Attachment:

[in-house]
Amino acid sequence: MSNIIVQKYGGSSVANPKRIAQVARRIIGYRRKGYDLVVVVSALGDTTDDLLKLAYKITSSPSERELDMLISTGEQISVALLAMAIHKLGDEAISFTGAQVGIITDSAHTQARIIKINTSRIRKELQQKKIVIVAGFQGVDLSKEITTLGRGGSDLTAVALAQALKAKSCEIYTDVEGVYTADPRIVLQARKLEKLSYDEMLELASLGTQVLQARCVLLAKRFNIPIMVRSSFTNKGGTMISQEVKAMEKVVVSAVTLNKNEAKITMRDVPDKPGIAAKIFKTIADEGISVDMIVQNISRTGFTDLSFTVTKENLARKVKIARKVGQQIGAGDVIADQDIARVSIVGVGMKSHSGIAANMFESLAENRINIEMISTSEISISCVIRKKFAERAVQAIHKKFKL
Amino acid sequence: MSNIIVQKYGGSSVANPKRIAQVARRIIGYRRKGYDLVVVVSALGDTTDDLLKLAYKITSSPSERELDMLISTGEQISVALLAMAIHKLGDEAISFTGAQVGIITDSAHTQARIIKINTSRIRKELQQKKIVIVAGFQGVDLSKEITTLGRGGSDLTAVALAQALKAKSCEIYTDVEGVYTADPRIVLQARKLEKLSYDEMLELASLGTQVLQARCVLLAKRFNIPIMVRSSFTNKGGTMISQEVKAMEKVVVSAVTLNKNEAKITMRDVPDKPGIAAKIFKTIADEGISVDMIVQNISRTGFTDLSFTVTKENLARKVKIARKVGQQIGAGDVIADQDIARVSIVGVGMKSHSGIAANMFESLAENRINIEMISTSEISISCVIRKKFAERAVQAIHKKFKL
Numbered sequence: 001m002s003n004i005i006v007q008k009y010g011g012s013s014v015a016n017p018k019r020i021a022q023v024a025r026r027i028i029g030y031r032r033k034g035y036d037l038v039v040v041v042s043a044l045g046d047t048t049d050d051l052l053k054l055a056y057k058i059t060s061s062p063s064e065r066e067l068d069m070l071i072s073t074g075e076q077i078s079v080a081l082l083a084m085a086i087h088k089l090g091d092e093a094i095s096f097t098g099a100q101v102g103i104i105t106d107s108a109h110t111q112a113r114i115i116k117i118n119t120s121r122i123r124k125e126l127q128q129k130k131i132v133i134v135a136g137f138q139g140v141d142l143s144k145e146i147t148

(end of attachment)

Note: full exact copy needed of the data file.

[in-house]
Amino acid sequence: MSNIIVQKYGGSSVANPKRIAQVARRIIGYRRKGYDLVVVVSALGDTTDDLLKLAYKITSSPSERELDMLISTGEQISVALLAMAIHKLGDEAISFTGAQVGIITDSAHTQARIIKINTSRIRKELQQKKIVIVAGFQGVDLSKEITTLGRGGSDLTAVALAQALKAKSCEIYTDVEGVYTADPRIVLQARKLEKLSYDEMLELASLGTQVLQARCVLLAKRFNIPIMVRSSFTNKGGTMISQEVKAMEKVVVSAVTLNKNEAKITMRDVPDKPGIAAKIFKTIADEGISVDMIVQNISRTGFTDLSFTVTKENLARKVKIARKVGQQIGAGDVIADQDIARVSIVGVGMKSHSGIAANMFESLAENRINIEMISTSEISISCVIRKKFAERAVQAIHKKFKL
Amino acid sequence: MSNIIVQKYGGSSVANPKRIAQVARRIIGYRRKGYDLVVVVSALGDTTDDLLKLAYKITSSPSERELDMLISTGEQISVALLAMAIHKLGDEAISFTGAQVGIITDSAHTQARIIKINTSRIRKELQQKKIVIVAGFQGVDLSKEITTLGRGGSDLTAVALAQALKAKSCEIYTDVEGVYTADPRIVLQARKLEKLSYDEMLELASLGTQVLQARCVLLAKRFNIPIMVRSSFTNKGGTMISQEVKAMEKVVVSAVTLNKNEAKITMRDVPDKPGIAAKIFKTIADEGISVDMIVQNISRTGFTDLSFTVTKENLARKVKIARKVGQQIGAGDVIADQDIARVSIVGVGMKSHSGIAANMFESLAENRINIEMISTSEISISCVIRKKFAERAVQAIHKKFKL
Numbered sequence: 001m002s003n004i005i006v007q008k009y010g011g012s013s014v015a016n017p018k019r020i021a022q023v024a025r026r027i028i029g030y031r032r033k034g035y036d037l038v039v040v041v042s043a044l045g046d047t048t049d050d051l052l053k054l055a056y057k058i059t060s061s062p063s064e065r066e067l068d069m070l071i072s073t074g075e076q077i078s079v080a081l082l083a084m085a086i087h088k089l090g091d092e093a094i095s096f097t098g099a100q101v102g103i104i105t106d107s108a109h110t111q112a113r114i115i116k117i118n119t120s121r122i123r124k125e126l127q128q129k130k131i132v133i134v135a136g137f138q139g140v141d142l143s144k145e146i147t148